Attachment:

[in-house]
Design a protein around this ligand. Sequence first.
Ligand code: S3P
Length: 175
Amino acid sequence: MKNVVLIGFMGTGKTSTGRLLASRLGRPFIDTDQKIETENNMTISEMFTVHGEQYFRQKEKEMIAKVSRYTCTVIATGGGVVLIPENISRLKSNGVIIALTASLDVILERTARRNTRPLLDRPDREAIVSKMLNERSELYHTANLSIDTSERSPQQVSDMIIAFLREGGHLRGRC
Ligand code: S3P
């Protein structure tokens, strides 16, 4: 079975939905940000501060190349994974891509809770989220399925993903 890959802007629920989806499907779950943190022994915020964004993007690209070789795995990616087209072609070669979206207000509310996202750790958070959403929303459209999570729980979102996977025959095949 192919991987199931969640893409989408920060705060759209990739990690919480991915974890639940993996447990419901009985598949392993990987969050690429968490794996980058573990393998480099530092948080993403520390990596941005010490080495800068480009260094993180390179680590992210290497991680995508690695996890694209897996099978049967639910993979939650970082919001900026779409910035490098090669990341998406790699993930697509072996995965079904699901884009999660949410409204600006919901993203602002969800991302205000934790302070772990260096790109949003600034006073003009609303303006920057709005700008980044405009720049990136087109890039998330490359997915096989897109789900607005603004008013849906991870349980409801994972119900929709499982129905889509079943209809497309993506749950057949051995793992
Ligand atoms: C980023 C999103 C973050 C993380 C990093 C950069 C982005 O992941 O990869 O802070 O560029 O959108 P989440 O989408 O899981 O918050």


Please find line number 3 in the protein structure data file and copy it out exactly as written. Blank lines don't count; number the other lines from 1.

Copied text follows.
Ligand code: S3P